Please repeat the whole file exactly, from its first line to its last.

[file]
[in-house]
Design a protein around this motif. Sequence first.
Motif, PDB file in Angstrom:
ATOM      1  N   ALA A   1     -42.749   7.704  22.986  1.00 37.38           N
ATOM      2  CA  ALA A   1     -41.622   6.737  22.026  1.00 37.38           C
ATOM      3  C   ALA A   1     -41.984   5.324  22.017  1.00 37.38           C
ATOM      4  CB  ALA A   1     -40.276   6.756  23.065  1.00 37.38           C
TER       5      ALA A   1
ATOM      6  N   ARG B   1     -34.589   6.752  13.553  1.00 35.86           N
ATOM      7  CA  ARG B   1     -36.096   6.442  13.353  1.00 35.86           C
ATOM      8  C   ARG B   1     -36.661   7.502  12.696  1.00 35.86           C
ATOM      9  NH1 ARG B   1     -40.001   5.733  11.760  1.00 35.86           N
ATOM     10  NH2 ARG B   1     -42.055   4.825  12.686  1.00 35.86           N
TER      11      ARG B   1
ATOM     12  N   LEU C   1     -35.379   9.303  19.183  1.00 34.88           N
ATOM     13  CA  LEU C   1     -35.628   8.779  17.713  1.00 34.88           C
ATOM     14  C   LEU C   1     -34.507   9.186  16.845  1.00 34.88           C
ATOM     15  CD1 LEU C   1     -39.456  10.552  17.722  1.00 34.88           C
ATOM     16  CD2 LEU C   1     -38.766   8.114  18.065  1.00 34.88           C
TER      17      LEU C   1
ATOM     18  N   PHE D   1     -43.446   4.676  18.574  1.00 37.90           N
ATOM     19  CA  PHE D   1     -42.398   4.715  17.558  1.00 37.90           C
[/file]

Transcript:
[in-house]
Design a protein around this motif. Sequence first.
Motif, PDB file in Angstrom:
ATOM      1  N   ALA A   1     -42.749   7.704  22.986  1.00 37.38           N
ATOM      2  CA  ALA A   1     -41.622   6.737  22.026  1.00 37.38           C
ATOM      3  C   ALA A   1     -41.984   5.324  22.017  1.00 37.38           C
ATOM      4  CB  ALA A   1     -40.276   6.756  23.065  1.00 37.38           C
TER       5      ALA A   1
ATOM      6  N   ARG B   1     -34.589   6.752  13.553  1.00 35.86           N
ATOM      7  CA  ARG B   1     -36.096   6.442  13.353  1.00 35.86           C
ATOM      8  C   ARG B   1     -36.661   7.502  12.696  1.00 35.86           C
ATOM      9  NH1 ARG B   1     -40.001   5.733  11.760  1.00 35.86           N
ATOM     10  NH2 ARG B   1     -42.055   4.825  12.686  1.00 35.86           N
TER      11      ARG B   1
ATOM     12  N   LEU C   1     -35.379   9.303  19.183  1.00 34.88           N
ATOM     13  CA  LEU C   1     -35.628   8.779  17.713  1.00 34.88           C
ATOM     14  C   LEU C   1     -34.507   9.186  16.845  1.00 34.88           C
ATOM     15  CD1 LEU C   1     -39.456  10.552  17.722  1.00 34.88           C
ATOM     16  CD2 LEU C   1     -38.766   8.114  18.065  1.00 34.88           C
TER      17      LEU C   1
ATOM     18  N   PHE D   1     -43.446   4.676  18.574  1.00 37.90           N
ATOM     19  CA  PHE D   1     -42.398   4.715  17.558  1.00 37.90           C